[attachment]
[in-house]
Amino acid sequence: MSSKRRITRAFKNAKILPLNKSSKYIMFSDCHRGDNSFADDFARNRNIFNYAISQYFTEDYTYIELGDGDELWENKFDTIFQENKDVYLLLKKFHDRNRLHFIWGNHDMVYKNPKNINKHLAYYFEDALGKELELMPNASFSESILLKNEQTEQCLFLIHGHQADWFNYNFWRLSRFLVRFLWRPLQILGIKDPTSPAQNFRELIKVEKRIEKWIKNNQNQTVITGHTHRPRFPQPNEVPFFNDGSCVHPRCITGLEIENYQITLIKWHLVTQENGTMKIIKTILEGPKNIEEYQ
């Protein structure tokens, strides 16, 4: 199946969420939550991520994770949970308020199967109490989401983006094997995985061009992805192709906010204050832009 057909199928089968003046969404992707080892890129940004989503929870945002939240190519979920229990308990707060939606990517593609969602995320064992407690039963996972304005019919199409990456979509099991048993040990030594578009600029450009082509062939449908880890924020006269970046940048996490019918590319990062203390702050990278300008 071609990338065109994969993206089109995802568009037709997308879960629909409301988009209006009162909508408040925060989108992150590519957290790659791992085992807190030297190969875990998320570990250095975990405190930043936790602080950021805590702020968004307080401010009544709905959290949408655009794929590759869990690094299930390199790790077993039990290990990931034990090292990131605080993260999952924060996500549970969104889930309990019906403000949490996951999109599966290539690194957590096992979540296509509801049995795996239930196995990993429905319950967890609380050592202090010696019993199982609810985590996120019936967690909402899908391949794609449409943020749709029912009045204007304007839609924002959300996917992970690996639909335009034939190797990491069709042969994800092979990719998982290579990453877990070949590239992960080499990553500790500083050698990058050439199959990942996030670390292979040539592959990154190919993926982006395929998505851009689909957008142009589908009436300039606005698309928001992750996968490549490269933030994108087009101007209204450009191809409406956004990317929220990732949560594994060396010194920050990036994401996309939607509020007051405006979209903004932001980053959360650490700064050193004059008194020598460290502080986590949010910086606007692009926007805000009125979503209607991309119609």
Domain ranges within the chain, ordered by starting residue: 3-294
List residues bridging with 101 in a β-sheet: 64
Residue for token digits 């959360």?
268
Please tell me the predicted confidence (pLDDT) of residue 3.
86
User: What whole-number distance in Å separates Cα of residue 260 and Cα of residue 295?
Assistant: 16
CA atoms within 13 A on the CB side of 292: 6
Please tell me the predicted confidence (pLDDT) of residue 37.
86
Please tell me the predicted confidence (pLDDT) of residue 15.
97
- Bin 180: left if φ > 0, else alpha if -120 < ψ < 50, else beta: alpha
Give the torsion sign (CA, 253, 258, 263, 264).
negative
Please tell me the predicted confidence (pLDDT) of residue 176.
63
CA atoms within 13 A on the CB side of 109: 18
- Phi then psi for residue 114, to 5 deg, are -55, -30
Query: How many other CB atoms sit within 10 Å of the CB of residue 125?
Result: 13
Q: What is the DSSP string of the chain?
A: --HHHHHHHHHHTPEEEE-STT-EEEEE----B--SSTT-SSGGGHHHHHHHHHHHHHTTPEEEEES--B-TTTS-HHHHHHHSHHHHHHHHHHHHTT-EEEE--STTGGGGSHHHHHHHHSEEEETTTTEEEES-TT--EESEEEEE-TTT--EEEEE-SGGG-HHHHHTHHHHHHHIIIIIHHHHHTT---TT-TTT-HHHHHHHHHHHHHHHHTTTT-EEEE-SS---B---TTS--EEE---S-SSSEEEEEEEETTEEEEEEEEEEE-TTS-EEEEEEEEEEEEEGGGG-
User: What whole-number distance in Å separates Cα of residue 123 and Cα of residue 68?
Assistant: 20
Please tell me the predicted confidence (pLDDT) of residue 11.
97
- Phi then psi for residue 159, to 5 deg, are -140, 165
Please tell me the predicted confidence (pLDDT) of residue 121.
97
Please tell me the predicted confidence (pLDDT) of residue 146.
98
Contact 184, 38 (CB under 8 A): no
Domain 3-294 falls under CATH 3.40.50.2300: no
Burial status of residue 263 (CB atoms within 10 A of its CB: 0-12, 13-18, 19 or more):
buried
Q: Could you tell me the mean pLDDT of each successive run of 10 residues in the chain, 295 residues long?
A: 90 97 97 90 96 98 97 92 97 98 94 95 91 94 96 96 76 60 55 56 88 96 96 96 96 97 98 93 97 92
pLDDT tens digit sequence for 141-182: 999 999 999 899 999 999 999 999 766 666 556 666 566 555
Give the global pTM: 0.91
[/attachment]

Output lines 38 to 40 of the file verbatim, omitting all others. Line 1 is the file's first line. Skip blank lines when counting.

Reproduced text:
Domain 3-294 falls under CATH 3.40.50.2300: no
Burial status of residue 263 (CB atoms within 10 A of its CB: 0-12, 13-18, 19 or more):
buried